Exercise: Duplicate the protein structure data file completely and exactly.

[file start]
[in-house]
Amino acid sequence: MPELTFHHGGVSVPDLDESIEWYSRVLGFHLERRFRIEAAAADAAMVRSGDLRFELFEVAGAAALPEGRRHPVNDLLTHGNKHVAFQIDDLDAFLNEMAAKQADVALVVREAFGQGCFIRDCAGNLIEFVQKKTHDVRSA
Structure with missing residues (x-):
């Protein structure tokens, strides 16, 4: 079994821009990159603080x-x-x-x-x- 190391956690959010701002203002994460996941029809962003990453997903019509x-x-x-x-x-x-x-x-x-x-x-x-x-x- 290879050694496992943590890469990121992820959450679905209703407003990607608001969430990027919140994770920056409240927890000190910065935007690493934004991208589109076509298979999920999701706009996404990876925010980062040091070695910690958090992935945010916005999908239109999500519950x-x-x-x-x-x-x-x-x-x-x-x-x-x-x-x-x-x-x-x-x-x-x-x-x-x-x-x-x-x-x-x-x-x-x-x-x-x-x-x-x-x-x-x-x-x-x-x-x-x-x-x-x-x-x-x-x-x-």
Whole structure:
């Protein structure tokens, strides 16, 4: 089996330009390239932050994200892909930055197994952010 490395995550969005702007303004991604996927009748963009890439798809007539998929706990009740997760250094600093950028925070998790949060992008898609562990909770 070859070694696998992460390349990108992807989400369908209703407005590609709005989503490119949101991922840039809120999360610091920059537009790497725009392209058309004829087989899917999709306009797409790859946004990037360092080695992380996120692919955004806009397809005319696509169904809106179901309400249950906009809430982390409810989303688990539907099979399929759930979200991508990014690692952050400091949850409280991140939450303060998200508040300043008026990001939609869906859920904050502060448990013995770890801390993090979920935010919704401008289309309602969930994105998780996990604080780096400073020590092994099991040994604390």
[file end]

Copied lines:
[in-house]
Amino acid sequence: MPELTFHHGGVSVPDLDESIEWYSRVLGFHLERRFRIEAAAADAAMVRSGDLRFELFEVAGAAALPEGRRHPVNDLLTHGNKHVAFQIDDLDAFLNEMAAKQADVALVVREAFGQGCFIRDCAGNLIEFVQKKTHDVRSA
Structure with missing residues (x-):
């Protein structure tokens, strides 16, 4: 079994821009990159603080x-x-x-x-x- 190391956690959010701002203002994460996941029809962003990453997903019509x-x-x-x-x-x-x-x-x-x-x-x-x-x- 290879050694496992943590890469990121992820959450679905209703407003990607608001969430990027919140994770920056409240927890000190910065935007690493934004991208589109076509298979999920999701706009996404990876925010980062040091070695910690958090992935945010916005999908239109999500519950x-x-x-x-x-x-x-x-x-x-x-x-x-x-x-x-x-x-x-x-x-x-x-x-x-x-x-x-x-x-x-x-x-x-x-x-x-x-x-x-x-x-x-x-x-x-x-x-x-x-x-x-x-x-x-x-x-x-």
Whole structure:
């Protein structure tokens, strides 16, 4: 089996330009390239932050994200892909930055197994952010 490395995550969005702007303004991604996927009748963009890439798809007539998929706990009740997760250094600093950028925070998790949060992008898609562990909770 070859070694696998992460390349990108992807989400369908209703407005590609709005989503490119949101991922840039809120999360610091920059537009790497725009392209058309004829087989899917999709306009797409790859946004990037360092080695992380996120692919955004806009397809005319696509169904809106179901309400249950906009809430982390409810989303688990539907099979399929759930979200991508990014690692952050400091949850409280991140939450303060998200508040300043008026990001939609869906859920904050502060448990013995770890801390993090979920935010919704401008289309309602969930994105998780996990604080780096400073020590092994099991040994604390």